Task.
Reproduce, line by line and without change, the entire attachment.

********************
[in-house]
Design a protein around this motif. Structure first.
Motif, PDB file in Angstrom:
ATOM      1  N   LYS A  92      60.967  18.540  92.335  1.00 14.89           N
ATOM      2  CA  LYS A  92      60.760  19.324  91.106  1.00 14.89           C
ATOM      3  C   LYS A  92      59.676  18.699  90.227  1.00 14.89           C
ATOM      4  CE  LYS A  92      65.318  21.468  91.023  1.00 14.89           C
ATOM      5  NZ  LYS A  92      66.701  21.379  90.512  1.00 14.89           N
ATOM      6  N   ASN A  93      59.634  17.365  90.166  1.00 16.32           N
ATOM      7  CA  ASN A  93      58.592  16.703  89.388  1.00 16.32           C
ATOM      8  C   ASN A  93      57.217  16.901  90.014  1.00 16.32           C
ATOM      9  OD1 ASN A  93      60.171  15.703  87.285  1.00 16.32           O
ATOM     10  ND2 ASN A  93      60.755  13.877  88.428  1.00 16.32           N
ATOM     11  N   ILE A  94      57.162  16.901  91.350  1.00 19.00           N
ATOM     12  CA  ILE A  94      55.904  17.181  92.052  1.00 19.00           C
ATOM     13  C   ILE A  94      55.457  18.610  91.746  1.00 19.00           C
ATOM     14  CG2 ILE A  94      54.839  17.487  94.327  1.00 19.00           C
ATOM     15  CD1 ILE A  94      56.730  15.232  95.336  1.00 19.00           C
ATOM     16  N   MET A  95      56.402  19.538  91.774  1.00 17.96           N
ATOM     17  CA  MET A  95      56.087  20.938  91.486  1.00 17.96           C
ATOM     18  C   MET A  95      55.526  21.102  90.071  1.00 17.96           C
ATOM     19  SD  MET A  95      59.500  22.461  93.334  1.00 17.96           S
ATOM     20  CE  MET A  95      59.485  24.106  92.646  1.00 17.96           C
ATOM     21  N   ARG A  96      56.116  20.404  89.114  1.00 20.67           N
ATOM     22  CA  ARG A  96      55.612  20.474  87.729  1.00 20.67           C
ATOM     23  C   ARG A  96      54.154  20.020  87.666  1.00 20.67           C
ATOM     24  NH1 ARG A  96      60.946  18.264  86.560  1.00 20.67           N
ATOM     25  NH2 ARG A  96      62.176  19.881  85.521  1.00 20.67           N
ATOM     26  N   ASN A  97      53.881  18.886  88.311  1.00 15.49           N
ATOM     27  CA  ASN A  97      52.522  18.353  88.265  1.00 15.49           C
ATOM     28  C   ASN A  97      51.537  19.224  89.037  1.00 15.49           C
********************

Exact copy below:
[in-house]
Design a protein around this motif. Structure first.
Motif, PDB file in Angstrom:
ATOM      1  N   LYS A  92      60.967  18.540  92.335  1.00 14.89           N
ATOM      2  CA  LYS A  92      60.760  19.324  91.106  1.00 14.89           C
ATOM      3  C   LYS A  92      59.676  18.699  90.227  1.00 14.89           C
ATOM      4  CE  LYS A  92      65.318  21.468  91.023  1.00 14.89           C
ATOM      5  NZ  LYS A  92      66.701  21.379  90.512  1.00 14.89           N
ATOM      6  N   ASN A  93      59.634  17.365  90.166  1.00 16.32           N
ATOM      7  CA  ASN A  93      58.592  16.703  89.388  1.00 16.32           C
ATOM      8  C   ASN A  93      57.217  16.901  90.014  1.00 16.32           C
ATOM      9  OD1 ASN A  93      60.171  15.703  87.285  1.00 16.32           O
ATOM     10  ND2 ASN A  93      60.755  13.877  88.428  1.00 16.32           N
ATOM     11  N   ILE A  94      57.162  16.901  91.350  1.00 19.00           N
ATOM     12  CA  ILE A  94      55.904  17.181  92.052  1.00 19.00           C
ATOM     13  C   ILE A  94      55.457  18.610  91.746  1.00 19.00           C
ATOM     14  CG2 ILE A  94      54.839  17.487  94.327  1.00 19.00           C
ATOM     15  CD1 ILE A  94      56.730  15.232  95.336  1.00 19.00           C
ATOM     16  N   MET A  95      56.402  19.538  91.774  1.00 17.96           N
ATOM     17  CA  MET A  95      56.087  20.938  91.486  1.00 17.96           C
ATOM     18  C   MET A  95      55.526  21.102  90.071  1.00 17.96           C
ATOM     19  SD  MET A  95      59.500  22.461  93.334  1.00 17.96           S
ATOM     20  CE  MET A  95      59.485  24.106  92.646  1.00 17.96           C
ATOM     21  N   ARG A  96      56.116  20.404  89.114  1.00 20.67           N
ATOM     22  CA  ARG A  96      55.612  20.474  87.729  1.00 20.67           C
ATOM     23  C   ARG A  96      54.154  20.020  87.666  1.00 20.67           C
ATOM     24  NH1 ARG A  96      60.946  18.264  86.560  1.00 20.67           N
ATOM     25  NH2 ARG A  96      62.176  19.881  85.521  1.00 20.67           N
ATOM     26  N   ASN A  97      53.881  18.886  88.311  1.00 15.49           N
ATOM     27  CA  ASN A  97      52.522  18.353  88.265  1.00 15.49           C
ATOM     28  C   ASN A  97      51.537  19.224  89.037  1.00 15.49           C